Performance and usability are at the core of any online experience. The whole point of PWAs is to compete with native apps with a seamless, fast experience coupled with a user-friendly interface. Slow-loading websites are losing customers and SEO rankings and experiencing high bounce rates, and PWAs come as the solution to most of these problems.
A good PWA launches fast—the splash screen won't appear for more than a couple of seconds, and it will display the home page without any delay. Users will never wonder whether their interaction with the app was registered or not.
One way to improve the performance is to pre-catch the critical pages that users can access from your home page.
As mentioned earlier, PWAs use relatively new technologies, and not all browsers support all the technologies used in PWA development. Safari browser, for instance, supports only a few functionalities to ensure data security. However, the supported technologies are enough to offer a good user experience.
When building a PWA, make sure that you use the simplest of technologies. One way to counter the lack of support is to identify the core functionalities, make them available using simple technologies, and then enhance the experience when possible.
A good PWA adapts to different screen sizes without compromising on usability or user experience. Smartphones, laptops, and desktops come in different screen sizes, and it is necessary to make sure all the content and features of your website are usable at all viewport sizes.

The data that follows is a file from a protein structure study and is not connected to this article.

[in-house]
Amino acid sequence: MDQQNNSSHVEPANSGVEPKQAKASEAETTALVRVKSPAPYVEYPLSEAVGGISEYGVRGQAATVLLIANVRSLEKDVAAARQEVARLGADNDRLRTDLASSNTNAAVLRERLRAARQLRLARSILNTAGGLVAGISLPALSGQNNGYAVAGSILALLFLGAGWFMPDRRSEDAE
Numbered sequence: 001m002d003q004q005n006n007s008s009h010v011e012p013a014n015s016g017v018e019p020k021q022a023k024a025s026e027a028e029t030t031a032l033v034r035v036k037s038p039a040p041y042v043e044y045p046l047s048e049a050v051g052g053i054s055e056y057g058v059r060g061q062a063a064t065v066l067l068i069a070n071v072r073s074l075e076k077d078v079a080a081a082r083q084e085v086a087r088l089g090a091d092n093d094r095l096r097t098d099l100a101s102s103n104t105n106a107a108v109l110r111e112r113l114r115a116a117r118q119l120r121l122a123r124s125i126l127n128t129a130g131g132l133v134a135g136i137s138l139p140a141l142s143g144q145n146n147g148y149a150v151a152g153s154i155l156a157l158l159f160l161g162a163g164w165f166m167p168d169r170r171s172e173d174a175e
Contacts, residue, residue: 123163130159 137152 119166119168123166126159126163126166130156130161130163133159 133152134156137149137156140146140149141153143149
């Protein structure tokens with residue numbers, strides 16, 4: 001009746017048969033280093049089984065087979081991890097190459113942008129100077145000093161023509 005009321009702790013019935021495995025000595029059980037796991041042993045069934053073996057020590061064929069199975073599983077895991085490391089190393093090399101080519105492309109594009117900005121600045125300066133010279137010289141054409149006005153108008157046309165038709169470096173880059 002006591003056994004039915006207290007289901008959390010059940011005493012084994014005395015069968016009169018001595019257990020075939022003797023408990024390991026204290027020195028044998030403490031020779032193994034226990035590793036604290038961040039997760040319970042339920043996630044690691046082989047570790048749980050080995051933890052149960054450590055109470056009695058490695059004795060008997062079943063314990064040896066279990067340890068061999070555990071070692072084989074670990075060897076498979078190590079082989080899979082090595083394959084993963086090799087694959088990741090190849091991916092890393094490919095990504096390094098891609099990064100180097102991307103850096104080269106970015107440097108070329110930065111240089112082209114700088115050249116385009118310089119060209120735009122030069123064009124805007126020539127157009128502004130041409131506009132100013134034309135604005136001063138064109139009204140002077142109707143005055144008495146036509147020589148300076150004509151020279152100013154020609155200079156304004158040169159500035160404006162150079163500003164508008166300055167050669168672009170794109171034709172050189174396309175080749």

However, if your website offers complex functionalities, it may not be possible to include all of them on smaller screens. You can rearrange the content on different viewport sizes; you have to prioritize which functionalities to include if that doesn't work. Starting small and going large actually helps in such cases.
Since PWAs are platform-independent, your app must be equally usable with a mouse, keyboard, stylus, or touch. Input methods should not depend on the viewport size either—even small screens should support mouse and keyboard.
A good PWA also supports input-specific controls and shortcuts. For example, pull-to-refresh is specific to touch input, and you can use it to enhance the user experience.
It is obvious, but having an offline page and offering the content even when the device is offline can have a significant impact on user experience. You should never show the browser’s default offline page—it should always feel like a native app.
You can display the previously cached pages and content when the device is offline to enhance the user experience. It’s always better to let users browse through the content than to display a ‘you’re offline’ notification.
PWA users engage better than website users—when the user installs the PWA on their device, they see your brand logo(or the app icon) more often. The app runs in a separate app window and appears in recent tasks, just like any native app. For these reasons, PWA users yield better engagement metrics than website visitors, often at parity with native app users.
The benefits of making your PWA installable include more repeat visits, longer session times, and higher conversion rates.
Progressive Web Apps are already proving to be the future of websites. Yes, they have their limitations at this time, but they do offer a significant improvement in user engagement, experience, and conversion rates. And, that is exactly why many businesses are turning their websites into PWAs.
Starbucks or Uber are some good PWA examples. If you are interested in learning more about PWA, continue reading “When to Develop a PWA? 10 Pros and Cons Before Building a PWA”.